Sexual assault. Forcible confinement. Drugging.
If the allegations against Joshua Boyle, charged with 15 offences by police in Ottawa, are true, we are reminded of what we should already know — this isn’t a man who deserves any sympathy.
The charges against Boyle have not been proven in court, so I afford him his legally-guaranteed presumption of innocence.
My standing issues with Boyle, however, stem from facts that aren’t disputed.
While traveling through Asia, he took a detour — not part of the itinerary he previously shared with family — to a terrorist-ridden region in Afghanistan with his heavily pregnant wife, Caitlan Coleman.
After Coleman gave birth to the child she was carrying, Boyle deliberately impregnated her three more times in the course of the couple’s captivity. The first pregnancy ended in a miscarriage, which Boyle characterizes as a forced, drug-induced abortion by the captors.
In a Maclean’s feature published this week, Boyle said the latter two pregnancies were an “act of rebellion” — a departure from his idiotic prior claim that he had children simply because he saw no reason to let captivity get in the way of his dream of a large family.
Beyond the callousness of bringing children into the world under such dangerous circumstances, it’s clear from Boyle’s comments that he viewed his children (even before conception) as mere props. I’ve never seen “Congratulations on your little bundle of rebellion” on Hallmark cards in my travels, so let’s not pretend that there’s anything normal about Boyle’s approach to family.
And let’s not forget his brief marriage to Zaynab Khadr, the sister of convicted murderer Omar Khadr. I know love conquers all or something of the sort, but Boyle entered into marriage with Khadr after it was well known from her on-the-record statements that she had a fondness for terrorism.
If Boyle is a victim of anything, it’s his own wrongdoing.
The Maclean’s article, which was based on a string of interviews in the days before Boyle’s arrest, revealed a concerning dynamic between Boyle and Coleman, saying “signs of Boyle’s controlling nature and distress were evident.”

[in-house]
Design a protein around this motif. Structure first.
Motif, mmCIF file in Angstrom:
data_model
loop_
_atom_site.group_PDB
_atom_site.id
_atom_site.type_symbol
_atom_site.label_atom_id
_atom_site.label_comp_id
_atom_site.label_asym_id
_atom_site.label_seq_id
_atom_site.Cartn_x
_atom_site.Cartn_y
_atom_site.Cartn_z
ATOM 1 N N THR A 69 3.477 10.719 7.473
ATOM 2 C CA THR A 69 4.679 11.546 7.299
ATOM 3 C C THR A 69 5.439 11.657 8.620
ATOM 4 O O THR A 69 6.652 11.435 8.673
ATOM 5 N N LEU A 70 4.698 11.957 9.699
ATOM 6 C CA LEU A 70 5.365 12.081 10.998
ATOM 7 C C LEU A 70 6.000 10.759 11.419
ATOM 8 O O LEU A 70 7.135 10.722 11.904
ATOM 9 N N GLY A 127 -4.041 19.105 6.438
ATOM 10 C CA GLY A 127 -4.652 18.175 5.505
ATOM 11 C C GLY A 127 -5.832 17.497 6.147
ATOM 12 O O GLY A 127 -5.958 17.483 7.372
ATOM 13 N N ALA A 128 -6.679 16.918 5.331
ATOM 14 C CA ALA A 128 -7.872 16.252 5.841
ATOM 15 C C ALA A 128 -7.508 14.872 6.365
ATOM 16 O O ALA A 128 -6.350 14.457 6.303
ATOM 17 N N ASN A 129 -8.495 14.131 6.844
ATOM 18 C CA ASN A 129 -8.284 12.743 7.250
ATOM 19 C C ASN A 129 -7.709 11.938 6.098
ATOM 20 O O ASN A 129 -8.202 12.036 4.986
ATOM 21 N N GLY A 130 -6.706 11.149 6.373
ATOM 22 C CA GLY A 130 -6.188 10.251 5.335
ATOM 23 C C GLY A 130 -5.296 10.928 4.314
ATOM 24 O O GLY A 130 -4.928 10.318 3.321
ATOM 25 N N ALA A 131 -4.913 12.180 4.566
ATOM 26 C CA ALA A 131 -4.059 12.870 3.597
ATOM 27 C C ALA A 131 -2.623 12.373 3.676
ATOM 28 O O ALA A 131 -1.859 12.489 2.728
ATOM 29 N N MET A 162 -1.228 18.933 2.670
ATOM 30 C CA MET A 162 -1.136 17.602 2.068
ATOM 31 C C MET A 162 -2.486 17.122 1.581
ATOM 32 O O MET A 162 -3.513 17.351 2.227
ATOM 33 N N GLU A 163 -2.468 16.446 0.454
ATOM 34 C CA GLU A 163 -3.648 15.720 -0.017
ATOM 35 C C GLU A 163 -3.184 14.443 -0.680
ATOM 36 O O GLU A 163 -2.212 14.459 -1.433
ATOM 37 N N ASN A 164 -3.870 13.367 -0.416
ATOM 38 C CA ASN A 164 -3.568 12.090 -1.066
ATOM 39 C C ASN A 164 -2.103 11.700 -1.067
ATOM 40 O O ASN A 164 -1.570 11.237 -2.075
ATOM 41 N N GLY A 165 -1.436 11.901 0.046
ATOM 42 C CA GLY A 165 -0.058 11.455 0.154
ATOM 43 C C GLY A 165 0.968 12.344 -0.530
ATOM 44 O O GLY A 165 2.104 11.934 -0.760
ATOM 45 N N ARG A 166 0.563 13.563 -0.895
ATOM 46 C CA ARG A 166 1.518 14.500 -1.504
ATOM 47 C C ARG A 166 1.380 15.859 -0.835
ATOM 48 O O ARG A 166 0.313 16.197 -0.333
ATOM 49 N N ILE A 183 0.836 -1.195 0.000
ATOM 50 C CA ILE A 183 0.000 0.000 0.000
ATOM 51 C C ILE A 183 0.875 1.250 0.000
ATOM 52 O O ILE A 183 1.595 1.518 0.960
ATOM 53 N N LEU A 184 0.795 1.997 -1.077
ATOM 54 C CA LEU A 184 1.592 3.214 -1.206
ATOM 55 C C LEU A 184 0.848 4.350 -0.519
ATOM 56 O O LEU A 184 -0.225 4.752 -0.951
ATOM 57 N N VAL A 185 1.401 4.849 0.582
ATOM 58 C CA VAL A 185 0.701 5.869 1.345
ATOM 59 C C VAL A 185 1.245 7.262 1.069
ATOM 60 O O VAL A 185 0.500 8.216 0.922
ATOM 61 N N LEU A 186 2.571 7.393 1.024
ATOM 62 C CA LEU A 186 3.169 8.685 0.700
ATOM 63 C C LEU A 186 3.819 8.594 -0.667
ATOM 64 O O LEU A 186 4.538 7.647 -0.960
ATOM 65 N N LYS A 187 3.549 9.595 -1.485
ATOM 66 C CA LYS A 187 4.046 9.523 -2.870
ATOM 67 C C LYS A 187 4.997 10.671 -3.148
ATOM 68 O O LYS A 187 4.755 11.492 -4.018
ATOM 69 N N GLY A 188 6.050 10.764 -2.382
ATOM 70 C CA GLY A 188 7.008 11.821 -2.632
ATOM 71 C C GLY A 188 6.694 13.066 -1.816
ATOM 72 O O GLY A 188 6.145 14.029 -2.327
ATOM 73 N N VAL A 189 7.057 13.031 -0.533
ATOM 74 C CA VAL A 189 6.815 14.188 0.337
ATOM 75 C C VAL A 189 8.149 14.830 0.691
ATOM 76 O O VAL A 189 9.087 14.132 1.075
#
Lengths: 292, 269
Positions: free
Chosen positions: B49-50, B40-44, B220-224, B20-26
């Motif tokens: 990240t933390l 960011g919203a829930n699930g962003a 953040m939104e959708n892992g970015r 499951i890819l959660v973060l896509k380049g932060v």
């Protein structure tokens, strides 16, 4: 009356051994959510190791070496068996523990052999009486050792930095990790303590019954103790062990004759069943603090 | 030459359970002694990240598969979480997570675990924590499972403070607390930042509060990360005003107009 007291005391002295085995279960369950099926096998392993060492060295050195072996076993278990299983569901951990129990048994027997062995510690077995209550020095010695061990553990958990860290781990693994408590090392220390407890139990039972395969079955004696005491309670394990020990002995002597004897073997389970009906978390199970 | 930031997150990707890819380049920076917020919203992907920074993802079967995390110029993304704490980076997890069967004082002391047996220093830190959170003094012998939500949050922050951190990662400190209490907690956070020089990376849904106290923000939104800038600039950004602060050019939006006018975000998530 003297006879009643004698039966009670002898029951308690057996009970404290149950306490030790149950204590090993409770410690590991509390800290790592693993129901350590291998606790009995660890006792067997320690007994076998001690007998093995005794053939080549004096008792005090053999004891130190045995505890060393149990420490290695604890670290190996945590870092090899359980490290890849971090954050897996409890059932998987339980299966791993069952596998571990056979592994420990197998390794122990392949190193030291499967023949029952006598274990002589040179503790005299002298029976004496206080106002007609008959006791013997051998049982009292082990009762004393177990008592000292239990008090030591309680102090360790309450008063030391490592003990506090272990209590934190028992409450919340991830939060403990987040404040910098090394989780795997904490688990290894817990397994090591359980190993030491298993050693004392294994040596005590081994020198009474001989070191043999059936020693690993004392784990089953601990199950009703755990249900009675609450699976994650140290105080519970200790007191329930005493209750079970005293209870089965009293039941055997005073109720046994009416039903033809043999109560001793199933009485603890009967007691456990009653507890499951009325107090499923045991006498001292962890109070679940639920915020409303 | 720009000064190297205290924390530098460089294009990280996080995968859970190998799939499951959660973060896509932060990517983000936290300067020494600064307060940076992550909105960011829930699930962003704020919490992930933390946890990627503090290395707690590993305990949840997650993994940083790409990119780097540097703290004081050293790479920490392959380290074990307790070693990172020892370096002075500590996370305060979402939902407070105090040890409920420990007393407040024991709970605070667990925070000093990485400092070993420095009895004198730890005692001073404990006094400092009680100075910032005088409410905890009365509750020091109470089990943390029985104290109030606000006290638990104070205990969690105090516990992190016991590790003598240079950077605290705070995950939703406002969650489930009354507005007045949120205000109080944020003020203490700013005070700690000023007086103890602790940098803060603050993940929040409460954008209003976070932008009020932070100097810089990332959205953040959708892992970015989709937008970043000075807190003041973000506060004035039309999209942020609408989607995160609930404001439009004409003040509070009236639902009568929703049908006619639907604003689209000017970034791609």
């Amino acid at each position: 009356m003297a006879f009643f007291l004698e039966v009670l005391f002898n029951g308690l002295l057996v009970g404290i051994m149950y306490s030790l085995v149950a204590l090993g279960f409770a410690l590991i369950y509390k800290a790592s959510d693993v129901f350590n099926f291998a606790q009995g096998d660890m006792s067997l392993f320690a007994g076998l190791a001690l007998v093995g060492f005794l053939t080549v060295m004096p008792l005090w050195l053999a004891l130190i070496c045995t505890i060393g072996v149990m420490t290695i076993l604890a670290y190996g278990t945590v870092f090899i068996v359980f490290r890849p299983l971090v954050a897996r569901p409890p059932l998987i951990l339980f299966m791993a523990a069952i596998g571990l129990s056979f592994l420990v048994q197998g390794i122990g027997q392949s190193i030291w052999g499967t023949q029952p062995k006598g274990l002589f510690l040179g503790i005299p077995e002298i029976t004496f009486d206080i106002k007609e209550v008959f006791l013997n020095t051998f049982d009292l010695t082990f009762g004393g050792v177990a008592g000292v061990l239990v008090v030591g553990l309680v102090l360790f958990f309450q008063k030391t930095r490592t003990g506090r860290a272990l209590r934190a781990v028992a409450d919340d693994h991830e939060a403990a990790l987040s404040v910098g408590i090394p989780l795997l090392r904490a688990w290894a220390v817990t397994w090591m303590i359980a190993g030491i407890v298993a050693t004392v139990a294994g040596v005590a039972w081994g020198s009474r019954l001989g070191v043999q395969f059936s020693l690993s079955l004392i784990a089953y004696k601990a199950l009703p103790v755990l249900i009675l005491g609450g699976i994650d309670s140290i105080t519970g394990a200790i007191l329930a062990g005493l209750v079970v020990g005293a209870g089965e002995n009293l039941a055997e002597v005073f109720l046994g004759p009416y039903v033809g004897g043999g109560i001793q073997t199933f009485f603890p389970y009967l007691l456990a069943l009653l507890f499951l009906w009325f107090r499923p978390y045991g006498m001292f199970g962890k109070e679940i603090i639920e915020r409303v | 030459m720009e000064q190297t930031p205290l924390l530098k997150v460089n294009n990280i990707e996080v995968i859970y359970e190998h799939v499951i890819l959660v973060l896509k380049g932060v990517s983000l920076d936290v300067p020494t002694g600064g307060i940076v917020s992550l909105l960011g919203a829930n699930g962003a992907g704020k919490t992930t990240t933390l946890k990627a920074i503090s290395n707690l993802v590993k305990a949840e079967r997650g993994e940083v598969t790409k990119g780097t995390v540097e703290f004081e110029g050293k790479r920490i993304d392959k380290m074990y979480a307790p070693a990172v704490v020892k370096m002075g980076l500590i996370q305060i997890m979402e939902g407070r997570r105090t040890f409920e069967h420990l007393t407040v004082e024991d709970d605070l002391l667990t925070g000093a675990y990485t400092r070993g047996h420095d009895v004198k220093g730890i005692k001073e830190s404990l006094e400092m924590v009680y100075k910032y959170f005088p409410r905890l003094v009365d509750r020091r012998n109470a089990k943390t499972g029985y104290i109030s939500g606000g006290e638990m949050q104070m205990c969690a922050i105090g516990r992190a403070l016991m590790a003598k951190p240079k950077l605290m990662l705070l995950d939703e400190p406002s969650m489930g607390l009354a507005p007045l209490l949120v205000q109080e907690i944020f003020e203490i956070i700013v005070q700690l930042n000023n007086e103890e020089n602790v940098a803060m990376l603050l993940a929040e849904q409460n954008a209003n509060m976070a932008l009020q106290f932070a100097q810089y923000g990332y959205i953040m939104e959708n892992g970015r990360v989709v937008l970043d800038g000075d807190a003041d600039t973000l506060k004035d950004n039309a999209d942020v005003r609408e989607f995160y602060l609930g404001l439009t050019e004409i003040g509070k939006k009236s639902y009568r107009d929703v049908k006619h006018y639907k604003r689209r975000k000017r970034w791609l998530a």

“During interviews at the hotel, he refused to leave the room while Coleman spoke, at one point snapping at her when she responded to a follow-up question. ‘Check with me before you say any of that on the recording,’” the article said.
Despite how eager he’s been to get in front of cameras since his return to Canada in October, he hasn’t addressed his own motivations.
WATCH: Canadian Joshua Boyle makes a statement after arriving at Pearson International Airport in October
When asked why he and Coleman went to Afghanistan, Boyle called himself a “pilgrim” in one interview. In another statement he spoke of wanting to deliver aid to a region ignored by governments and charities — though he’s yet to explain what he was supposedly doing to help.
Boyle has yet to acknowledge his own religious and ideological beliefs about Islam and the Taliban’s interpretation of it.
His facial hair is trimmed in a way typical of many Muslim men, columnist Tarek Fatah wrote. Coleman has donned a hijab in all public appearances since arriving in Canada. In spite of this, neither has answered with any clarity whether they identify or practice as Muslims.
According to the Toronto Star, Coleman “declined…to speak about whether she has converted to Islam.” This week, the Toronto Sun reported that Boyle was similarly cagey about his faith, reporting “he refused to answer, stating only ‘I still identify as a pacifist.'”
Lest anyone accuse me of Islamophobia, I don’t think whether Boyle and Coleman are Muslims matters as much as their secrecy about it does — especially when it appears so clearly that they are, at the very least, embracing Muslim traditions.
Unfortunately, I haven’t seen journalists push for real answers when interviewing him, which means his repatriation tour is more about revisionism than candour.
A fair criticism of this argument would be that someone who’s been through the trauma Boyle describes doesn’t owe an explanation to anyone. I’d argue he does, because he’s sought out these opportunities to speak out. But only on his terms, it seems.
Though I’ve not heard Boyle express radical views himself, his marriage to someone who held them is relevant, as is his travel to a regional hotspot for radical Islamists. He would also be well suited to describe the Haqqani network using stronger language than “criminal miscreants“— the term he used when speaking to reporters upon his return to Canada last October. He should forcefully condemn them as terrorists to remove any doubt about his own values.
Canadians have been so delighted that one of our own has returned that we’ve been too polite or politically correct to ask whether this is even a man worth saving.